But he cautions that China has also been studying the war in Ukraine carefully. “I would not judge China’s capabilities by Russia’s failure to conduct large-scale maneuver warfare effectively. The US should be taking a hard look at Chinese logistics and sustainment capabilities to see if they have the same challenges and shortfalls as Russia. Also, Taiwan should plan for a high miss rate and civilian casualties if China were to subject Taiwan to cruise and ballistic missile attacks, as the Russian systems have caused significant collateral damage in Ukraine.”
Grant Rumley, a veteran US foreign policy advisor who has served in both the Trump and Biden administrations and is now the Goldberger Fellow with the Washington Institute’s Diane and Guilford Glazer Foundation Program on Great Power Competition and the Middle East, predicts China would try to learn from Russia’s failures and score a quick knockout blow.
“Should Beijing decide military force is required in Taiwan, the Ukraine example will reinforce a desire to avoid a protracted conflict,” Rumley says. “China will want to make sure it has such a large military advantage that it renders Taiwanese resistance ineffective. Otherwise it risks a quagmire that drains resources, personnel, and ultimately, their military’s prestige. Beijing will also have to assume that the international response to a Taiwan invasion will likely follow the Western response to Ukraine, primarily in issuing sanctions and supplying arms.
Taiwan, on the other hand, will emulate Volodymyr Zelensky’s model. “For Taiwan, I’d wager they’re likely seeing the importance of political leadership and controlling the information environment for morale and the fighting force. I think they’re also seeing the importance of the quantity of arms in repelling an invading force, specifically in cheap, effective, and man-portable arms.”
A Darker View
Robert Spalding, who was Trump’s senior director of strategy and is now a senior fellow at Hudson Institute focusing on US-China relations, economic and national security, and the Asia-Pacific military balance, is less sanguine about Taiwan’s prospects. He says that short of giving the Taiwanese nuclear weapons, there’s no way to prevent a Chinese invasion, and the Biden administration needs to be preparing the Taiwanese for evacuation.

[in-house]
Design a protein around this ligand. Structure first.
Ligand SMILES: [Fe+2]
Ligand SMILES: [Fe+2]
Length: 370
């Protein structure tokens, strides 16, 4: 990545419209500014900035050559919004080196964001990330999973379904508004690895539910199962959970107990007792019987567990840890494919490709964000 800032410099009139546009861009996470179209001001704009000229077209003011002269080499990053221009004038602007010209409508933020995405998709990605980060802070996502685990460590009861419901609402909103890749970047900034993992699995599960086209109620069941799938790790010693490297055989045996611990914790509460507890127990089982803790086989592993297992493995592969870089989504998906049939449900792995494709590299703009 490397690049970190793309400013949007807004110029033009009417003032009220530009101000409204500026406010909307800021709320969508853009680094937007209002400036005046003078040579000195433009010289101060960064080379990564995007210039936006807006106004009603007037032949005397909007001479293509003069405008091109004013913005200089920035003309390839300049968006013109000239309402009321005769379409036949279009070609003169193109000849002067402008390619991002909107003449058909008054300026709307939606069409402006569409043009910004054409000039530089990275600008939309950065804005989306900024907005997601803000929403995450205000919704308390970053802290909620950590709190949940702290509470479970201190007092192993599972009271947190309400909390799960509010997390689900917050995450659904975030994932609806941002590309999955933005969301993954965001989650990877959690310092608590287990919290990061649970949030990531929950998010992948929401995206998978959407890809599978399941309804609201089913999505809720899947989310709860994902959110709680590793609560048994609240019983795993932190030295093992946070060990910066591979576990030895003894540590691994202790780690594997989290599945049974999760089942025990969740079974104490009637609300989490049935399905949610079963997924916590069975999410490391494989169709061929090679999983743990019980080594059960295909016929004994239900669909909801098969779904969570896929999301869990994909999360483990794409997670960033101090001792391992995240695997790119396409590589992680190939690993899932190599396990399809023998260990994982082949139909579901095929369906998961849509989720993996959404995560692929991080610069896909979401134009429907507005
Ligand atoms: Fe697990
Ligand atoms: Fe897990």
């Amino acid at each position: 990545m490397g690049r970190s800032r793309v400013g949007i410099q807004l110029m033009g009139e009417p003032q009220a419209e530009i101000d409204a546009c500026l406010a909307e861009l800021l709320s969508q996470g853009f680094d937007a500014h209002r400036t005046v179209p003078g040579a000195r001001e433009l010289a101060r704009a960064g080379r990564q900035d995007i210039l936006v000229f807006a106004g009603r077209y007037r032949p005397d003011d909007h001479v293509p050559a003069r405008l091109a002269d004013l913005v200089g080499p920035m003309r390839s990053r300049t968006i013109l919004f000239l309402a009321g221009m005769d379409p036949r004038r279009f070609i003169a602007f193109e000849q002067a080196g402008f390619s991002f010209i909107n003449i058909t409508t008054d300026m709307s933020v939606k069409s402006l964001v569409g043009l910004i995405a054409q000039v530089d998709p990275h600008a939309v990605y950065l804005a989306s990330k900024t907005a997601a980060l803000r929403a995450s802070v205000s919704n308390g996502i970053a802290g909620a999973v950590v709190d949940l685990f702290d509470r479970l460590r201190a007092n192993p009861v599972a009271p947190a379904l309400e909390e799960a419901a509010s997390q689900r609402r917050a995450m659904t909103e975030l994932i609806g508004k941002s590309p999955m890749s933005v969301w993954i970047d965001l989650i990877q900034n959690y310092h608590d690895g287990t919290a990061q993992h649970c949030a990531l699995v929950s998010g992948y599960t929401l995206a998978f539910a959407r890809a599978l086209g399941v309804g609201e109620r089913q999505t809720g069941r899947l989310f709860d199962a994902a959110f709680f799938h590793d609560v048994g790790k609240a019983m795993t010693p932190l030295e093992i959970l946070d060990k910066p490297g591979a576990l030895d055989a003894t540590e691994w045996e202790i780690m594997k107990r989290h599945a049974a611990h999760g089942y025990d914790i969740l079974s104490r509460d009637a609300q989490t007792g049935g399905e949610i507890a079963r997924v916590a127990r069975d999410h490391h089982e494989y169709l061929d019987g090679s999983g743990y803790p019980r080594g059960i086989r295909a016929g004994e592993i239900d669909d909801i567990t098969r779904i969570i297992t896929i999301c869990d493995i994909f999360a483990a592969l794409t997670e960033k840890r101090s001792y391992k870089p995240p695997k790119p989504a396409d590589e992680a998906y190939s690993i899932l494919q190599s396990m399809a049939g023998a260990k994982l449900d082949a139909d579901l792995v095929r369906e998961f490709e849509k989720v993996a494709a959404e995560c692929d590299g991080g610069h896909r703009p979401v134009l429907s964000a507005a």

“I would be putting a plan in place right now to evacuate the island and to destroy [things] that we don’t want to fall into Chinese hands, such as semiconductor factories” he says, although he admits that the vast majority of Taiwan residents will not want to relocate.
“You have to think about it in terms of what [China’s] capabilities are, what they’re willing to do, and quite frankly, they’re willing to do whatever it takes, because they have to uphold the regime’s reputation,” Spalding says. “They don’t care about the people, and they only care about the ground. So they’ll kill as many people as they need to, and they will destroy as much as they have to.”
Although Russia has been ruthless in its campaign in Ukraine, Spalding believes that conflict can’t be compared to what would happen in a war over Taiwan.
“I think the difference is going to be overwhelming compared to Russia and Ukraine,” he says. “China has maneuvering ballistic missiles, like the DF-21, that can sink carriers before they can come into effective range of their aircraft. China has far more resources than Russia. The Chinese invasion will be overwhelming. And the Chinese have already taken steps to eliminate the effectiveness of Western sanctions.”
Asked how American planners should prepare for Chinese tactics against US aircraft carriers, Spalding can only offer a tepid response: “Keep the carriers out of range of their missiles. China will also try to blind or destroy our satellites, making America’s military deaf and blind.”
Spalding’s view is certainly the most pessimistic. But if anything, China’s rapid military development underlines Taiwan’s crucial role as a front-line outpost — something Nancy Pelosi no doubt took into careful consideration as she planned her Asia trip.
(Originally featured in Mishpacha, Issue 922)